Houston Rockets 118, OKC Thunder 87 (Roll the Thunder, Hear Their Cry)

(HOU leads 1–0)

No more debates, no more MVP concerns, just throw the ball up and play. The better team won. The better team has Patrick Beverley, whose offensive contributions (21 points on 13 shots) pale in comparison to the impact of his Westbrook-hounding. Russell can rampage all over the regular season, but he won’t rampage all over Mr. Beverley, who has never known the concept of fear or intimidation. Westbrook’s 6 of 23 line, and 9 turnovers were a big part of the problem. His sidekick, Victor Oladipo, was a dreadful 1 of 12 from the field, misfiring on all 6 three-pointers. OKC’s only hope is to contain Houston’s relentless attack, in which James Harden dissects their defense and makes life simple and breezy for Clint Capela and Nene, who shot a combined 14 of 17, feasting on lay-ups and dunks. Either redirect Harden away from the paint, or Westbrook has to play three times as well as he did tonight and Oladipo needs to wake up. This could be over in 5.

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Will update on a weekly basis.

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Steven Adams Is Not A Biscuit Dipped in A Cup of Loose Leaf Jasmine Tea

Steven Adams was not the original joker.                    (via @realstevenadams)

Oklahoma City Thunder center Steven Adams is somehow anchoring the manic intensity of his teammates, providing a baseline of unshakable defense in the Western Conference Finals.

Steven Adams is not changing your baby girl’s diapers. Not anymore.

Steven Adams is thoroughly inside the head of Golden State’s Draymond Green, providing Green a proverbial dose of his own bitter medicine.

Steven Adams is not capable of stopping that incessant hammering noise outside your window.

Steven Adams is an impossibly agile human obstacle, which prompted Green to kick Adams in the nether region. Some claim this was accidental or inadvertent. Either way, it altered the balance of the series by uniting the Thunder faithful in a “Kick Him Out!” chorus, possibly deflating Green’s confidence, forcing the NBA media world to debate Green’s intentions, becoming the controversial sports topic du jour after Game 3.

Steven Adams is not going to return your lost library books.

Steven Adams is a stream of thick mud, arms flailing, clogging up the interior passing of Warriors big men.

Steven Adams is not an antipodean wandering albatross, one of New Zealand’s endangered species.

Steven Adams is a rare, but not endangered, species.

Steven Adams is not a licensed therapist, though he is clearly a young zen-master.

Steven Adams is the youngest of a family of giant, perhaps mythological, New Zealanders.

Steven Adams is not really of this planet, though New Zealand does exist, in an otherworldly sort of way.

Steven Adams is the enigmatic sorcerer of this year’s NBA playoffs.

Steven Adams is not willing to share his secret sorcery recipes, not even the homeopathic one you can make with ingredients from Walgreens’ first aid aisle.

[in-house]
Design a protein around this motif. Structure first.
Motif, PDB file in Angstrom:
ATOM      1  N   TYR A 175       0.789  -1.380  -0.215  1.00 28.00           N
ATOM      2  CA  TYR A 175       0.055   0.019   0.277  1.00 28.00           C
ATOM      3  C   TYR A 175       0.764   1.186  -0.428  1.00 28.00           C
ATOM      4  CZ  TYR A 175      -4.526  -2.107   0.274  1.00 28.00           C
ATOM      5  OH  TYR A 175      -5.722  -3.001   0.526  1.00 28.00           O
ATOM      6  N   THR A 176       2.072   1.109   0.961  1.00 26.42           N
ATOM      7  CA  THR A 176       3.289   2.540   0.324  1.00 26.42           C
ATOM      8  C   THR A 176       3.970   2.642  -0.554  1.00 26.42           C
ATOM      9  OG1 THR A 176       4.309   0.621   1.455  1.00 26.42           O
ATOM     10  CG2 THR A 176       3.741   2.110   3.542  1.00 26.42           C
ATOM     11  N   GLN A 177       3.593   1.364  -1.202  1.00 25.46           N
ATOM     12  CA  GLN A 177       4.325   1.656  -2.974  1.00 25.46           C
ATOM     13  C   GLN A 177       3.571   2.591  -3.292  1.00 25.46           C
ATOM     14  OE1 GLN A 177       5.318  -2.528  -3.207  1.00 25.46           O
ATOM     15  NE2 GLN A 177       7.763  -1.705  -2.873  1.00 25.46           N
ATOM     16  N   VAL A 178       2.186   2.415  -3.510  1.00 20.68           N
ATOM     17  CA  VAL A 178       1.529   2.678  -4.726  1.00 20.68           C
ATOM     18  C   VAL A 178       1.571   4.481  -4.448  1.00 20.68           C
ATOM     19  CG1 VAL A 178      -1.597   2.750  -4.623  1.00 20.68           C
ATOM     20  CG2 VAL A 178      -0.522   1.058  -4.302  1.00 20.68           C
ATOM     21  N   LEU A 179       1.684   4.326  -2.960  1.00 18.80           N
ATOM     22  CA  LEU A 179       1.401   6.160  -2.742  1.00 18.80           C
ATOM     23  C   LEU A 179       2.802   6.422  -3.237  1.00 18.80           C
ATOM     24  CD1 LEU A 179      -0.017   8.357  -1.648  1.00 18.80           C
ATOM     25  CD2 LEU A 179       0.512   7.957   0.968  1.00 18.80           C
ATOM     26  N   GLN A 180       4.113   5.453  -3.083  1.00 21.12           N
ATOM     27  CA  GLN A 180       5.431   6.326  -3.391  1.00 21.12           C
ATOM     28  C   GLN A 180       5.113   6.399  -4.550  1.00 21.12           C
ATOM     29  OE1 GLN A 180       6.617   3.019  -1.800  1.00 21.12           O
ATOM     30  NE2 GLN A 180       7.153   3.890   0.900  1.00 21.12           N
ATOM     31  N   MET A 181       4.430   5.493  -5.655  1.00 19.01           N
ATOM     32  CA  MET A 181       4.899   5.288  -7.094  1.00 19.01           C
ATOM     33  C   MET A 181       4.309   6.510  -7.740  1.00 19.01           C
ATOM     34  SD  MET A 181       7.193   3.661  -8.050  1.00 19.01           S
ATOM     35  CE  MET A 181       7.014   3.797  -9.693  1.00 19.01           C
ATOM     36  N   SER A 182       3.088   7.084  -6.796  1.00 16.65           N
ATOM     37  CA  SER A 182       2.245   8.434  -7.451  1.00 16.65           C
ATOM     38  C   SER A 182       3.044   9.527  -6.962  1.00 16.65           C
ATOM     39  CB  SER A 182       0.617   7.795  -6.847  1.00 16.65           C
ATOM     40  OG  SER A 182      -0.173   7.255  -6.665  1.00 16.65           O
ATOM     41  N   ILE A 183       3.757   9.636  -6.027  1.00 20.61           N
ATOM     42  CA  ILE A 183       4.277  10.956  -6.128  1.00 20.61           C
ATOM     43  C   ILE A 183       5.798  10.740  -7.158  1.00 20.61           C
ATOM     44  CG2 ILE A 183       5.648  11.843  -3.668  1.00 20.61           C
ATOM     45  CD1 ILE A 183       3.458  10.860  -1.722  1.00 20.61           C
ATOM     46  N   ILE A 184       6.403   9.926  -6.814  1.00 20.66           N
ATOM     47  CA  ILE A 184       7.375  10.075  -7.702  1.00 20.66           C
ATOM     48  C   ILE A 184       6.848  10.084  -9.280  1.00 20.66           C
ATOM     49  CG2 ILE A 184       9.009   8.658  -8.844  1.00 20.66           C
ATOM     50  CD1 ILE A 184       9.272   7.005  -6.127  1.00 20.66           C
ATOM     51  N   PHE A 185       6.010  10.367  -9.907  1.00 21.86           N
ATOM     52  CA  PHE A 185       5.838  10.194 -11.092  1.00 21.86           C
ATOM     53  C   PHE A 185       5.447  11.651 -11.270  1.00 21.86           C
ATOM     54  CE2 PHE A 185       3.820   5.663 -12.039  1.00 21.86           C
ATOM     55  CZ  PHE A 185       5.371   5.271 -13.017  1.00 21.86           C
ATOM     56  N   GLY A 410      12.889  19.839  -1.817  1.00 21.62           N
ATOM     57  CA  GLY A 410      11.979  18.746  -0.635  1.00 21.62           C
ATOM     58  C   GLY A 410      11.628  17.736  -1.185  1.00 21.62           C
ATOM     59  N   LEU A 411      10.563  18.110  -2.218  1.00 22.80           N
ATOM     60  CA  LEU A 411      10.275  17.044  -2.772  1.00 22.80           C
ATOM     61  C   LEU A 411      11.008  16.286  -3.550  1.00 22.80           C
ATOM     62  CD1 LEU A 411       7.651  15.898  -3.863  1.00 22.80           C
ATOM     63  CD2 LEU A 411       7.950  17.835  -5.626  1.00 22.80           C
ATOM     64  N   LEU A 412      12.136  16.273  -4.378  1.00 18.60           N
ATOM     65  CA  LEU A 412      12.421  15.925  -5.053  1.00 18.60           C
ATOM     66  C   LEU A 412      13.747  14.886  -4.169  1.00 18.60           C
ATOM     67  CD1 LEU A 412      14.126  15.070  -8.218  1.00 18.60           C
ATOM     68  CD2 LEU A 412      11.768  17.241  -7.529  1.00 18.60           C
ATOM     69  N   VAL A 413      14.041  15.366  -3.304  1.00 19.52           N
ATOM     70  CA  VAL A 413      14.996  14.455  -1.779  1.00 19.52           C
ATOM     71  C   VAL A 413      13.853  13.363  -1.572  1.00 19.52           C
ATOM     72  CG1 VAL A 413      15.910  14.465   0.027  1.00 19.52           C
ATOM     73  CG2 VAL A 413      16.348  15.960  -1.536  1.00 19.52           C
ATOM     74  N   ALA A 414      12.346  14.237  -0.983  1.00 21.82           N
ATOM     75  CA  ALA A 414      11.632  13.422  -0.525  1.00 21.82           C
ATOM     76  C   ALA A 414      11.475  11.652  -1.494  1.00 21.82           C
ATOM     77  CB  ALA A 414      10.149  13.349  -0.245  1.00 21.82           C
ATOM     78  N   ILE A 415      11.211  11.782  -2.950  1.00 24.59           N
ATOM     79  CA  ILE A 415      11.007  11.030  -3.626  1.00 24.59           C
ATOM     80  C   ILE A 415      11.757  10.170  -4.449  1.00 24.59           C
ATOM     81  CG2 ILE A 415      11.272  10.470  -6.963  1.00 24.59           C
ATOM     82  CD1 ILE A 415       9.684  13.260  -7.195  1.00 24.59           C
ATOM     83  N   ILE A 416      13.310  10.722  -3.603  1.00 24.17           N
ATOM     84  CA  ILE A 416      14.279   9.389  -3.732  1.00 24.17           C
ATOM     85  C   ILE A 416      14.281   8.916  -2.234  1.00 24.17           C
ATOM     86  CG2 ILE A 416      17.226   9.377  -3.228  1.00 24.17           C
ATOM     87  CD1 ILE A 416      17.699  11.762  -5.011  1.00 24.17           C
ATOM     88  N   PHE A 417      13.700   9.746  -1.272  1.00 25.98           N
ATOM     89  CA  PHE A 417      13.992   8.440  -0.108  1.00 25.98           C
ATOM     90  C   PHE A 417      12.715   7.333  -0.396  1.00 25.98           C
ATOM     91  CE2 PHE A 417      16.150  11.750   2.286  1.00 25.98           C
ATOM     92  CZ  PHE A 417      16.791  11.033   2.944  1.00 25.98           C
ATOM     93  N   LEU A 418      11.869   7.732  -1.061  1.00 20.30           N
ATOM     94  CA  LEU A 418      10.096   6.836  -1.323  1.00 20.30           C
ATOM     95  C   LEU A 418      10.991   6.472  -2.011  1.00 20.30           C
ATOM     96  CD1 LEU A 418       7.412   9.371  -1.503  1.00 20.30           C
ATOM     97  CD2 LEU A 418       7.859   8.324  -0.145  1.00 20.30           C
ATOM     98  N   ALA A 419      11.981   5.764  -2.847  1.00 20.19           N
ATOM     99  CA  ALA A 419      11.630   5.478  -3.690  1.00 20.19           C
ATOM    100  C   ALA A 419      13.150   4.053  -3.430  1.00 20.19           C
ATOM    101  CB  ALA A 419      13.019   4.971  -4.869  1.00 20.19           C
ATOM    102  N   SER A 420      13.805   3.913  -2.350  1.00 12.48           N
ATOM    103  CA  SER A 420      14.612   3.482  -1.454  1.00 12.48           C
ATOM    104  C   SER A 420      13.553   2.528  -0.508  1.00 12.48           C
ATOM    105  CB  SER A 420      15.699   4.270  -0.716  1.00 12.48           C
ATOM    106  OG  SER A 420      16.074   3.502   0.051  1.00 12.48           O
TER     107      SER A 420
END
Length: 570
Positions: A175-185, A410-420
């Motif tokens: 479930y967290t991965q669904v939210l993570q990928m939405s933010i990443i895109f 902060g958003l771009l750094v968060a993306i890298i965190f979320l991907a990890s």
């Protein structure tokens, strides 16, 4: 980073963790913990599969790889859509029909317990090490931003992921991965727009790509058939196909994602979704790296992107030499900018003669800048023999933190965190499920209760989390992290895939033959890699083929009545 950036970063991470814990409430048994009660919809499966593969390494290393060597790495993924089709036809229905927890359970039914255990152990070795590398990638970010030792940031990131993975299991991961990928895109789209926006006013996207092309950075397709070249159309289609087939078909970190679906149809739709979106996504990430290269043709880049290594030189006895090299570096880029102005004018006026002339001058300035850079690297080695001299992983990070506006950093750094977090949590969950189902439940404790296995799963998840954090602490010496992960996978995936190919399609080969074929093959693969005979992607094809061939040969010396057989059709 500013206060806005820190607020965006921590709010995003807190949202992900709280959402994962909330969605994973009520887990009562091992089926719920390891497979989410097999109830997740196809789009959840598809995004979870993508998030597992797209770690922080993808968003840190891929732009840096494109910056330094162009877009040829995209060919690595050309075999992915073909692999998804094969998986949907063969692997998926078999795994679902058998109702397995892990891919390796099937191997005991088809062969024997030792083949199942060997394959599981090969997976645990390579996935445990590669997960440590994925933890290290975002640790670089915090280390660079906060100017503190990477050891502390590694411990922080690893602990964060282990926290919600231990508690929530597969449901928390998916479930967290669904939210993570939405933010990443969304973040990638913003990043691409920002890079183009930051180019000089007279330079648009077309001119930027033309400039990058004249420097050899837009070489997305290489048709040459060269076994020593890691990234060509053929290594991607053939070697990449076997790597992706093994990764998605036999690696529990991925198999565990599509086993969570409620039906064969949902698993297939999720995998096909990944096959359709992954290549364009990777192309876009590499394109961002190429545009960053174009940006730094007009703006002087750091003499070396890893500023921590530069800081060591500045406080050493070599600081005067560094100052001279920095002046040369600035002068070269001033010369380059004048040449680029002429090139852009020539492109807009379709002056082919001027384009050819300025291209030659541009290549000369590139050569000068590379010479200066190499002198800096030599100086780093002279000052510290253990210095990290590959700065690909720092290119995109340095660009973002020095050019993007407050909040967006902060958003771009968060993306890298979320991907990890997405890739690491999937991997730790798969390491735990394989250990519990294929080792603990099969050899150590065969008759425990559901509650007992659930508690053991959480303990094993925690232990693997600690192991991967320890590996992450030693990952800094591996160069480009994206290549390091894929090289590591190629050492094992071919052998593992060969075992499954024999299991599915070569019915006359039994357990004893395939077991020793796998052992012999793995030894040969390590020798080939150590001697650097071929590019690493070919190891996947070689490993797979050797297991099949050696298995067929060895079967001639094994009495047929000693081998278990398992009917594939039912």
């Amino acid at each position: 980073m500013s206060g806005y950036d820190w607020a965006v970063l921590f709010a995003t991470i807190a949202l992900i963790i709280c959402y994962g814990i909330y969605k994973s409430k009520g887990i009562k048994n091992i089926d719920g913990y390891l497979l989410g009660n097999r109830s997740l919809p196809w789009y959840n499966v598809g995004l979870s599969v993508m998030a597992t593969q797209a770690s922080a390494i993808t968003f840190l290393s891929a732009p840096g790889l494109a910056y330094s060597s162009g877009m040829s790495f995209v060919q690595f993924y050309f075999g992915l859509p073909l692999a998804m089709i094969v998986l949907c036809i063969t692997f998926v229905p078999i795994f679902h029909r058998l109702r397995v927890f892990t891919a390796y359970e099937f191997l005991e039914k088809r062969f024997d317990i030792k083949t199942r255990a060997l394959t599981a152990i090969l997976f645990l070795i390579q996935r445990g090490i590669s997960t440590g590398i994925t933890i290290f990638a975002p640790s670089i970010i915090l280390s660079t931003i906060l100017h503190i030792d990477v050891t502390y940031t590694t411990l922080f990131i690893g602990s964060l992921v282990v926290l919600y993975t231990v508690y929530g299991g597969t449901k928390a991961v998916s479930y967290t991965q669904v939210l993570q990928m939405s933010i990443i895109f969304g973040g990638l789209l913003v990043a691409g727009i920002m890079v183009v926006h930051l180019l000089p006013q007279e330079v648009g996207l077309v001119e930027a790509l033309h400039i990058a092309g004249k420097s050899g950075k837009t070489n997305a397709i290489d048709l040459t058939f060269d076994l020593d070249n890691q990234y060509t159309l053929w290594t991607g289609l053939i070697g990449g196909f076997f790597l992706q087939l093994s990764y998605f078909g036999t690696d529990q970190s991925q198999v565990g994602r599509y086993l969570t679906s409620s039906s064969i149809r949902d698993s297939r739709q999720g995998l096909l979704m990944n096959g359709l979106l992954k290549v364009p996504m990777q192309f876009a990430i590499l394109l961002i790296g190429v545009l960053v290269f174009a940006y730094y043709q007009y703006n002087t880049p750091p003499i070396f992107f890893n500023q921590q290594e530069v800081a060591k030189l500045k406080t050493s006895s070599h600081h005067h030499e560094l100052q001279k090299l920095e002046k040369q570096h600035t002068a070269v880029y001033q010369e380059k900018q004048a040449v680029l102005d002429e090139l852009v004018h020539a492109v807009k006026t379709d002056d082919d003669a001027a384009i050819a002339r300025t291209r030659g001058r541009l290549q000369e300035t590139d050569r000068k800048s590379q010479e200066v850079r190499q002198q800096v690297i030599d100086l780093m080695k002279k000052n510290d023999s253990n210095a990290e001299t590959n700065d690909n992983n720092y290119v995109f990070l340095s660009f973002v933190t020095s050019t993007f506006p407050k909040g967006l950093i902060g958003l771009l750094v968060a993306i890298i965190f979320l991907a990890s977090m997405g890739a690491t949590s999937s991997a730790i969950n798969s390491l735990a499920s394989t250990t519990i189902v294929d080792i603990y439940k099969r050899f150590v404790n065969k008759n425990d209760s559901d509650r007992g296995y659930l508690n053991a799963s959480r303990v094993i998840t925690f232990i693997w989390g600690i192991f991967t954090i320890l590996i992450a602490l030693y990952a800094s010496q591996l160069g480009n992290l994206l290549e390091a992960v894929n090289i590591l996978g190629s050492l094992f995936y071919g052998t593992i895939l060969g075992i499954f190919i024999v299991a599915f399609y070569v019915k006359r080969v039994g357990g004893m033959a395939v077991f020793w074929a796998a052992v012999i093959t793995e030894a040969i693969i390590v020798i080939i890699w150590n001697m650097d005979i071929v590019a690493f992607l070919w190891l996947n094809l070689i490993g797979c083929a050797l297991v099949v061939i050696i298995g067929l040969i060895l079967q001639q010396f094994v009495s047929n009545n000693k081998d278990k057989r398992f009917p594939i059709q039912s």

Steven Adams is doing damage to the Warriors’ collective psyche; more damage than stats are able to measure (psychological torture is not yet in the box score).

Steven Adams is not a biscuit dipped in a cup of loose leaf Jasmine tea.

Steven Adams is a damn good biscuit, though.

(via allrecipes.com: http://allrecipes.com/recipe/9816/anzac-biscuits-i/

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Donate to the dogs:

https://darkoindex.com/donate-to-the-dogs/

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Related Items:

Steph Curry Is Not the Most Satisfying Nap You’ve Ever Taken!

http://www.splicetoday.com/sports/steph-curry-is-not-the-most-satisfying-nap-you-ve-ever-taken

Russell Westbrook’s Evolving Career in Twelve Simple Steps!

http://www.splicetoday.com/sports/russell-westbrook-s-evolving-career-in-12-simple-steps

 

 

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Celtics Journal: Game 7 of 82, Wed 11/12, Thunder @ Celtics (Sriracha Mayo)

Game 7 of 82, Wednesday, November 12, 430 PST

Thunder @ Celtics

Sriracha mayo. It’s delicious. Spicy and creamy. Boil some chicken. Toss in some garlic and onion powder. A pinch of dill. Lemon juice. You’ve made yourself a spicy chicken salad. The Celtics offense is Sriracha mayo. It’s flexible. It works in many situations. It comes out easy and helps build big leads. Hmm. Builds big leads and sandwiches?

sriracha-mayo

Sadly, those leads often appear as figments of the imagination. They evaporate all too easily. The baskets come without effort. Swish after swish. With three minutes left in the first quarter, the starters begin to take their rests and before you know it, the lead dissolves. You’re left with the sound of the mayo bottle when it’s nearing its end (plastic fart).

Fans start asking themselves if they missed something. Weren’t they up 15 after eight minutes? Go to the bathroom or forget to pause the game when grabbing something from the kitchen and you may miss a 10-point swing. The offense is Sriracha mayo. The defense is old milk. Milk that you don’t even want to pour down the drain, for fear of the aroma coming up from the pipes.